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Rebels seize key town in Central African Republic

in Central African Republic have seized a key town in the country's north and said on Thursday they were targeting the capital Bangui hundreds of kilometres (miles) to the south.

The government said it had withdrawn its soldiers from Birao, a town that had been controlled by United Nations peacekeepers until Nov. 15, in order to save the lives of civilians but was preparing a counter-attack.

Central African Republic is rich in minerals but remains one of Africa's most isolated nations, having endured years of internal political stability and been caught up in the conflicts of neighbouring Chad, Sudan and Democratic Republic of Congo.

"The town is under our control," Abdoulaye Issene, head of operations for the CPJP rebels, told Reuters.

"We have seized 48 prisoners and recovered a big stock of weapons. Birao is taken but our target is Bangui."

There was no word on casualties in the takeover of Birao, the main town in the country's north and strategically important as it sits on the border with Chad and Sudan.

A number of rebel groups have fought low-level insurgencies since the last elections in 2005. Former colonial power France has, in the past, sent soldiers and fighter jets to back up a weak government in Bangui.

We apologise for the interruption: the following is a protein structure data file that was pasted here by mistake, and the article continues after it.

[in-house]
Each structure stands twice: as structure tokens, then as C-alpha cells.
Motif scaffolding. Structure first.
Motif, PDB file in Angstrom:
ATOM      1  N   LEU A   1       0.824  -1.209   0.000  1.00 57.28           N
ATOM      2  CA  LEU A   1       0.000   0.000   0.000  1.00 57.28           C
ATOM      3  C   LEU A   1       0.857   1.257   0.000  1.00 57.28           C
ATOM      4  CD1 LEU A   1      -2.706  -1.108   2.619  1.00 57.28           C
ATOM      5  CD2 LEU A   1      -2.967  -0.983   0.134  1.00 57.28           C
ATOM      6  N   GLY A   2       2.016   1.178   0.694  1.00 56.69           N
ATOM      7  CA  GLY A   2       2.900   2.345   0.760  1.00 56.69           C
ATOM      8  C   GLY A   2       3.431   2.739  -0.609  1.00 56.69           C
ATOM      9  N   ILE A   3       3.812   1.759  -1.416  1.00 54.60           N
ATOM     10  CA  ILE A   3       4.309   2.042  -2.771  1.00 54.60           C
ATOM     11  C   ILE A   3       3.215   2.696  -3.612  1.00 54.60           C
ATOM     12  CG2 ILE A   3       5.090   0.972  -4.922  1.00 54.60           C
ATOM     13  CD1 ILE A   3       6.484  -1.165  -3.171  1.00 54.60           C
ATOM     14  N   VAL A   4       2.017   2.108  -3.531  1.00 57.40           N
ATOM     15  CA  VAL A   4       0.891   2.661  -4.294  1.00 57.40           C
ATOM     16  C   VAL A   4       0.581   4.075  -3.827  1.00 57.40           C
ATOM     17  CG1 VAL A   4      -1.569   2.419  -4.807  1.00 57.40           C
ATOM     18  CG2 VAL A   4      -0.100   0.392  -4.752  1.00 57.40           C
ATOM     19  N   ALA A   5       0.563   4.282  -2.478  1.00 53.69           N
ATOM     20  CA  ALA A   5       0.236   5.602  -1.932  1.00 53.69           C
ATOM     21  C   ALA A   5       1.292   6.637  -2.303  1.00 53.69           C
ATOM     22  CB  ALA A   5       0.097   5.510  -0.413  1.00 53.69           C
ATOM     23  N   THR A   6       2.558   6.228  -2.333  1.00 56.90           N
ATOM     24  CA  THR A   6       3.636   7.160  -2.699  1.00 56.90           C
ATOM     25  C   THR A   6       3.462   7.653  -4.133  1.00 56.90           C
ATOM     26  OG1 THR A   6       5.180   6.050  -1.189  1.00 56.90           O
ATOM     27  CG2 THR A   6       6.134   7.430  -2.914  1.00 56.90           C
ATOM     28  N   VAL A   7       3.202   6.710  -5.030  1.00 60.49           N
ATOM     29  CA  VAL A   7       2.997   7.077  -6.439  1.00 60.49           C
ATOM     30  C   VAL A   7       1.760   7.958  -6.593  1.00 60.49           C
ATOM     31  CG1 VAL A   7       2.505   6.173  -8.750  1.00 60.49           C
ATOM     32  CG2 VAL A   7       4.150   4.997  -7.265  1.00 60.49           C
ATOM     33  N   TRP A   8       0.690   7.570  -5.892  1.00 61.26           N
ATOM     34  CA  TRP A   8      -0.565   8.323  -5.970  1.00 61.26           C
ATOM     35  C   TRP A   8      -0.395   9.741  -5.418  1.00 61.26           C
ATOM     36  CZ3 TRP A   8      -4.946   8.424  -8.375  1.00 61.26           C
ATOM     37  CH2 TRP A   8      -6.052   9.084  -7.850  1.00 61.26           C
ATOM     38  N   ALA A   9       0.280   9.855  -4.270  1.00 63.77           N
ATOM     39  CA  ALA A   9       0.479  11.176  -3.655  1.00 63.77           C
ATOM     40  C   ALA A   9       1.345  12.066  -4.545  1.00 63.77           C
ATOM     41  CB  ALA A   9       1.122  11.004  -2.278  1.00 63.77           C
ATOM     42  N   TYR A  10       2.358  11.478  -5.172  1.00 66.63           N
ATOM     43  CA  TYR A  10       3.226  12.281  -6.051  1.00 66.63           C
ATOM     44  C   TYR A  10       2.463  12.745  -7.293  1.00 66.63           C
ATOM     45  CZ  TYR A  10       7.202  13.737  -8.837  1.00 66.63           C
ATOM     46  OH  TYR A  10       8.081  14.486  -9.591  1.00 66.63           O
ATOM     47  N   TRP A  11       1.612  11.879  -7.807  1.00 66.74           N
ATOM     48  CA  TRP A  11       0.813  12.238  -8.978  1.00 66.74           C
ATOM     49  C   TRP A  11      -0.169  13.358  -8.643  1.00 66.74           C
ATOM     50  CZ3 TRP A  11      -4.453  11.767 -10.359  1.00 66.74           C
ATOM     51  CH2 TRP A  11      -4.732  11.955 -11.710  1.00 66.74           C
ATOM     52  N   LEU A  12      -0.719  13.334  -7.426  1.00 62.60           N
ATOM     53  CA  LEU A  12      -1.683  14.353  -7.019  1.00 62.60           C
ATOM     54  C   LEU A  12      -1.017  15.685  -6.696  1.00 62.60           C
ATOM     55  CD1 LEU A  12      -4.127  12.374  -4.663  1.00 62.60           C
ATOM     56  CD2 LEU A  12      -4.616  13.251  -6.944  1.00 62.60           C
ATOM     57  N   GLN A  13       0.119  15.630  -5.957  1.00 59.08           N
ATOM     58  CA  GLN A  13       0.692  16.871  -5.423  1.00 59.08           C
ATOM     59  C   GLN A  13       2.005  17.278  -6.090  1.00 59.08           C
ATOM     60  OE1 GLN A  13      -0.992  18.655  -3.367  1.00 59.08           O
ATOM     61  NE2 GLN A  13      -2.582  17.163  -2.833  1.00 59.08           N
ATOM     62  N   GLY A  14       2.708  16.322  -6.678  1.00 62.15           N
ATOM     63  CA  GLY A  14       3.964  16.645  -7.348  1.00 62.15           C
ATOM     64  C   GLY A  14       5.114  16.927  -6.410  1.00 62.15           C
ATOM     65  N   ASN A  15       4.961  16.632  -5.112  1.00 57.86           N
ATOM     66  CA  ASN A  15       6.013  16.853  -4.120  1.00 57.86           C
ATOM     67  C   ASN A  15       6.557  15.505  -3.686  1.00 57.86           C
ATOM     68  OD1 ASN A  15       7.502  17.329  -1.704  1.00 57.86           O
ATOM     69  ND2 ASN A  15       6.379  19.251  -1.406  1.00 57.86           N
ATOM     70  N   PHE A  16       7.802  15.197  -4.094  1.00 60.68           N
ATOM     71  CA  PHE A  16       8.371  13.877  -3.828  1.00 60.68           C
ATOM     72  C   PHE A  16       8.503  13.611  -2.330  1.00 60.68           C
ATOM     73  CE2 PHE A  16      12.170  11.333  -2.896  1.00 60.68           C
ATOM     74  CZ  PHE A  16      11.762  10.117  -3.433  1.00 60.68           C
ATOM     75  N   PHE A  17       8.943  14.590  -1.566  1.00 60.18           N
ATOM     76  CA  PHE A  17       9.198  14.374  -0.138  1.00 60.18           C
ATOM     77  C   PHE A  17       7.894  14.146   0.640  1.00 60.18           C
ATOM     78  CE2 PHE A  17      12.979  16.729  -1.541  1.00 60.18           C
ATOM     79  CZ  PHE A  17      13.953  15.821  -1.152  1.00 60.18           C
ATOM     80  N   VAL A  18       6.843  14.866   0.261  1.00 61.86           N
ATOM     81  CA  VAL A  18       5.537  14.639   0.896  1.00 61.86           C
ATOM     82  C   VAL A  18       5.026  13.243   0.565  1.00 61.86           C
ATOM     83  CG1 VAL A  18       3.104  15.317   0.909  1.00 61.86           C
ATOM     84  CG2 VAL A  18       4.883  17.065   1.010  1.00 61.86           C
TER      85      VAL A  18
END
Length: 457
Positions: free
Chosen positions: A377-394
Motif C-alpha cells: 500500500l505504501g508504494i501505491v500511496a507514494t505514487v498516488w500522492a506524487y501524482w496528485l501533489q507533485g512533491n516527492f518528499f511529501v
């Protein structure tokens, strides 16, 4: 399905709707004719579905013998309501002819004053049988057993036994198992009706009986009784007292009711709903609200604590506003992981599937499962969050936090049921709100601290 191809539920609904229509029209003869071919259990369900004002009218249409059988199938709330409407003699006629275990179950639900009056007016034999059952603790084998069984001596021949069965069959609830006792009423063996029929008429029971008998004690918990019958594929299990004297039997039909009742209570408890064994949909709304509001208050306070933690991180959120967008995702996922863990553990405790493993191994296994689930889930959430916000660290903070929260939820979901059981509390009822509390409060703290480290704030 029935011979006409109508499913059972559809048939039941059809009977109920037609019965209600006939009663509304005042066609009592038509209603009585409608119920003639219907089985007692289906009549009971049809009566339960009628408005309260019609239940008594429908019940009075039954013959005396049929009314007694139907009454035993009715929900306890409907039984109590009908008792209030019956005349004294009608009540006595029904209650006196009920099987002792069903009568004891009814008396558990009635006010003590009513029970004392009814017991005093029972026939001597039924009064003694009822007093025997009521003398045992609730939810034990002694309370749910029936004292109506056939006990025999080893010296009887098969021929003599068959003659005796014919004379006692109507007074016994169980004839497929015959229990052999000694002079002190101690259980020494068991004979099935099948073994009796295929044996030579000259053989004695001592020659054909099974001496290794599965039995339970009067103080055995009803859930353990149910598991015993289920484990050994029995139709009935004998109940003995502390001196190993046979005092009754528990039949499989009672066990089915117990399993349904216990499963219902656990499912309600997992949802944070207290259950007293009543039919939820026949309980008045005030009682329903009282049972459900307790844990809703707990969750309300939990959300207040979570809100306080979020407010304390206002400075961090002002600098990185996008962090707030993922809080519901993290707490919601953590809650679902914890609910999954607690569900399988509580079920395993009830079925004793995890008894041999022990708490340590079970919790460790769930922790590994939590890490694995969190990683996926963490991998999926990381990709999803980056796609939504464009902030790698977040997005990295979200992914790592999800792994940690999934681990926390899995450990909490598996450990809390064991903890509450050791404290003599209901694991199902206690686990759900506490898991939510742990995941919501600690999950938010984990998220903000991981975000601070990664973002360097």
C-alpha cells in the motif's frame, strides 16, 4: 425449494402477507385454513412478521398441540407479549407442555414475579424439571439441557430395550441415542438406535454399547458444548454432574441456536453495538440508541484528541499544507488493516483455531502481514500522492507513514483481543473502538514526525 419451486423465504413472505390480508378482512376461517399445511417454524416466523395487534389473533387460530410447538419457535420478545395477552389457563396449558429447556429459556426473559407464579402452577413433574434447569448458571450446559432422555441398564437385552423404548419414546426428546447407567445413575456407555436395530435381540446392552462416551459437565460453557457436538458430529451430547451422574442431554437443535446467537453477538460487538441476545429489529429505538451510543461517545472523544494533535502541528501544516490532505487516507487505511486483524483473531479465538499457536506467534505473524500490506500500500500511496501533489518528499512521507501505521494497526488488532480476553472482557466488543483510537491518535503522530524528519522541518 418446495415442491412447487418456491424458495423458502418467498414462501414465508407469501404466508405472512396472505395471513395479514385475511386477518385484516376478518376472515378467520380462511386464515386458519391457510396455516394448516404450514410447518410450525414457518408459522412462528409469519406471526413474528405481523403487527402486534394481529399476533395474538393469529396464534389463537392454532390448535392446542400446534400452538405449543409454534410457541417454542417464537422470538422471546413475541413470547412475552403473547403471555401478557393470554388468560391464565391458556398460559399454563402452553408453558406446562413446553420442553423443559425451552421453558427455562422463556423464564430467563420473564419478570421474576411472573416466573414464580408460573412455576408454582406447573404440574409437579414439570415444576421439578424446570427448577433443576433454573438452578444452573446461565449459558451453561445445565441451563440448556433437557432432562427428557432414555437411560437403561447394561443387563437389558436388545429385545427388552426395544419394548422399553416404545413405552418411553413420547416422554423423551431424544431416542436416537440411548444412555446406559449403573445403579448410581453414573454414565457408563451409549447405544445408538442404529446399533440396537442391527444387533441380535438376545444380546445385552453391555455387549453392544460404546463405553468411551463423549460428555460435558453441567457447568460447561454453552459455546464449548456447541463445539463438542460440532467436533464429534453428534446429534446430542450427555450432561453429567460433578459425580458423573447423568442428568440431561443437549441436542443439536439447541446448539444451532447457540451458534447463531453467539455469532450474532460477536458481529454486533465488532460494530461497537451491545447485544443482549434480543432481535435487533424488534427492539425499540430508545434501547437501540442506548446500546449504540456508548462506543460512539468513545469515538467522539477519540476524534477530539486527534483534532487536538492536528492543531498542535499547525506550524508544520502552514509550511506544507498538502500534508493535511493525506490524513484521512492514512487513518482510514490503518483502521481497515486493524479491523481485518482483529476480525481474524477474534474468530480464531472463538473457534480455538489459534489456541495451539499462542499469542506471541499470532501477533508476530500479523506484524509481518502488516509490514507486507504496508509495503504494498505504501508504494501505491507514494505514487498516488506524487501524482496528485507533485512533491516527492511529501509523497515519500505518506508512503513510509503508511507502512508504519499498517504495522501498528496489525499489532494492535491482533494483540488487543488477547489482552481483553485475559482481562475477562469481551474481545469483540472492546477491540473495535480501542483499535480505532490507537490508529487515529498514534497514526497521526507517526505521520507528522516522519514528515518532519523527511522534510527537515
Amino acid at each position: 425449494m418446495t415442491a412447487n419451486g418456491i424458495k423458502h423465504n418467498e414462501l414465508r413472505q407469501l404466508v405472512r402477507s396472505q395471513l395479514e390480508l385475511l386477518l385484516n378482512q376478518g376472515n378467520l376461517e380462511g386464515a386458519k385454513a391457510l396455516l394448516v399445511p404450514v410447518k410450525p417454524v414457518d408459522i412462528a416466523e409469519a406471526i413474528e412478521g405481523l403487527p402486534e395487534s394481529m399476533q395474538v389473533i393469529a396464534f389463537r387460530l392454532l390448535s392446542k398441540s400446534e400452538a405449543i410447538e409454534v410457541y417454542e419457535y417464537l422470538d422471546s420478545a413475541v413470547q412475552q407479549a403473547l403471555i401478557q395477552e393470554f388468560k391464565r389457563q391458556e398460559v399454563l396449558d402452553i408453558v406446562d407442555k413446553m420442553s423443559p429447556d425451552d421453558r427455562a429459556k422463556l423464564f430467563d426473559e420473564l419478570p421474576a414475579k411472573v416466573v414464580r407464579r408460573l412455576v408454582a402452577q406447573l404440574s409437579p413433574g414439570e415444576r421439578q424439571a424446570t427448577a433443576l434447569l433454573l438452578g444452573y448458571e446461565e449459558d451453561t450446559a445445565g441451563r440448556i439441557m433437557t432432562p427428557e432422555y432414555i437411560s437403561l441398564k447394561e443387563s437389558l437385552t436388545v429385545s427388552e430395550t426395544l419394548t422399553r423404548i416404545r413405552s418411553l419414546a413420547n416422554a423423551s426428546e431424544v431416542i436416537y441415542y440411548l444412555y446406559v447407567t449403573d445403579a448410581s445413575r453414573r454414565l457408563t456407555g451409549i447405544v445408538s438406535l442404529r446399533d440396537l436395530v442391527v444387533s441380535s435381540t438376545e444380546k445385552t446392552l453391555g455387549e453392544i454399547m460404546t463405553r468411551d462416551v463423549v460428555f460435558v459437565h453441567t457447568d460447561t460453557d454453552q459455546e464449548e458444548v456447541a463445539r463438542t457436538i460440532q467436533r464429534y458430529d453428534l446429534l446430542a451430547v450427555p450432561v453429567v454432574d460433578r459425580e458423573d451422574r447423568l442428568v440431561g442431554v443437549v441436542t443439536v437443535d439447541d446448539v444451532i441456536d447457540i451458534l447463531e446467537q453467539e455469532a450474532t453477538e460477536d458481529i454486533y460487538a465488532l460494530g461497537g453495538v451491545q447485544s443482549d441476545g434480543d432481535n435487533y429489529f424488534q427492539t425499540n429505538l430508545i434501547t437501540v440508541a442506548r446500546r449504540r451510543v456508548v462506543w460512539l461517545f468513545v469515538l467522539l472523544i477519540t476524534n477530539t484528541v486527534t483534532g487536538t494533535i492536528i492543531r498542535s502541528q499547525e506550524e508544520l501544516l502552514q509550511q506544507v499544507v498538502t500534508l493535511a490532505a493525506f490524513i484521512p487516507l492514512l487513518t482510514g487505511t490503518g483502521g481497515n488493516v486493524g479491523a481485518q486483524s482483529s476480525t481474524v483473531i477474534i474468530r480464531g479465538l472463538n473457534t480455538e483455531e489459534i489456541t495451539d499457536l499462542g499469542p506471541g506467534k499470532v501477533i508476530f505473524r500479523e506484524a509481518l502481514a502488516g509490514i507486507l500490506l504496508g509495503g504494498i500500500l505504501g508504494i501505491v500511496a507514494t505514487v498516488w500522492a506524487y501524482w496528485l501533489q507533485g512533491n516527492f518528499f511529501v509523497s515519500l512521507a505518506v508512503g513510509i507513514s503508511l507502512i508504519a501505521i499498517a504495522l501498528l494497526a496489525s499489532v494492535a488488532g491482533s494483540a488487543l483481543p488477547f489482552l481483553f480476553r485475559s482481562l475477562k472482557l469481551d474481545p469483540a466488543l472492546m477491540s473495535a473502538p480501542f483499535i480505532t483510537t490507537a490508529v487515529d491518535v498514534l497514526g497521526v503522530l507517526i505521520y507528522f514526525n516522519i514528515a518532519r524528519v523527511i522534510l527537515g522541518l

The CPJP seized several towns in the east of the country in September and October but they have since been retaken by the government. Rebel clashes and problems over funding have delayed elections, which are now due in January.

Ramadane Abdelkader, a local journalist in Birao, said the population had fled and was now hiding in the bush.

A Chad-based U.N. peacekeeping force had handed control of Birao over state authorities on Nov. 15 as its mission to protect civilians in the two countries comes to an end.

Colonel Jean Ladawa, a defence ministry spokesman, said the army had pulled out to avoid a "civilian bloodbath" in the town.

"After our tactical withdrawal, our army is preparing a severe counter-attack which will not spare any of these lawless bandits," government spokesman Fidele Gouandjika said.

28 November 2010   

 

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